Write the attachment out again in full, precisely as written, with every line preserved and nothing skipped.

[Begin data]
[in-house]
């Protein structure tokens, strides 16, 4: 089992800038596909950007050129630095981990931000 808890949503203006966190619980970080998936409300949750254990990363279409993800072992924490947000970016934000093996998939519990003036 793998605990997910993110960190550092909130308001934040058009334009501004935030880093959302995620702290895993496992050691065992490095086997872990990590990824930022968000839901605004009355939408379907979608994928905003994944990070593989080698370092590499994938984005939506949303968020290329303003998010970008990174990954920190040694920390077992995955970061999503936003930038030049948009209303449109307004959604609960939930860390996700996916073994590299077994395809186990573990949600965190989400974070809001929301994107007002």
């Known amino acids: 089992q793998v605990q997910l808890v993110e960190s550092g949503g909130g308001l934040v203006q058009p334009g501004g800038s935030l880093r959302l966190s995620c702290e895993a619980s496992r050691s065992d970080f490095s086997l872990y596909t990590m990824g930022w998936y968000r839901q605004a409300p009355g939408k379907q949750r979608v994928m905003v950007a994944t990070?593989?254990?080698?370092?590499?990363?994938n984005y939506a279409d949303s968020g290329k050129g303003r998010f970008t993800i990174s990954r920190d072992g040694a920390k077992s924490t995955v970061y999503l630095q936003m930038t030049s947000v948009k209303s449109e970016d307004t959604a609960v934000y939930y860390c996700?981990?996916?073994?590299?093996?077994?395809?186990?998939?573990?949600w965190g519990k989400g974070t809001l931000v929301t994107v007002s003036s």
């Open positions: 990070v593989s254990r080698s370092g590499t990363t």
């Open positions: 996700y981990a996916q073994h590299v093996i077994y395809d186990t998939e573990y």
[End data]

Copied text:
[in-house]
């Protein structure tokens, strides 16, 4: 089992800038596909950007050129630095981990931000 808890949503203006966190619980970080998936409300949750254990990363279409993800072992924490947000970016934000093996998939519990003036 793998605990997910993110960190550092909130308001934040058009334009501004935030880093959302995620702290895993496992050691065992490095086997872990990590990824930022968000839901605004009355939408379907979608994928905003994944990070593989080698370092590499994938984005939506949303968020290329303003998010970008990174990954920190040694920390077992995955970061999503936003930038030049948009209303449109307004959604609960939930860390996700996916073994590299077994395809186990573990949600965190989400974070809001929301994107007002």
């Known amino acids: 089992q793998v605990q997910l808890v993110e960190s550092g949503g909130g308001l934040v203006q058009p334009g501004g800038s935030l880093r959302l966190s995620c702290e895993a619980s496992r050691s065992d970080f490095s086997l872990y596909t990590m990824g930022w998936y968000r839901q605004a409300p009355g939408k379907q949750r979608v994928m905003v950007a994944t990070?593989?254990?080698?370092?590499?990363?994938n984005y939506a279409d949303s968020g290329k050129g303003r998010f970008t993800i990174s990954r920190d072992g040694a920390k077992s924490t995955v970061y999503l630095q936003m930038t030049s947000v948009k209303s449109e970016d307004t959604a609960v934000y939930y860390c996700?981990?996916?073994?590299?093996?077994?395809?186990?998939?573990?949600w965190g519990k989400g974070t809001l931000v929301t994107v007002s003036s």
């Open positions: 990070v593989s254990r080698s370092g590499t990363t």
């Open positions: 996700y981990a996916q073994h590299v093996i077994y395809d186990t998939e573990y």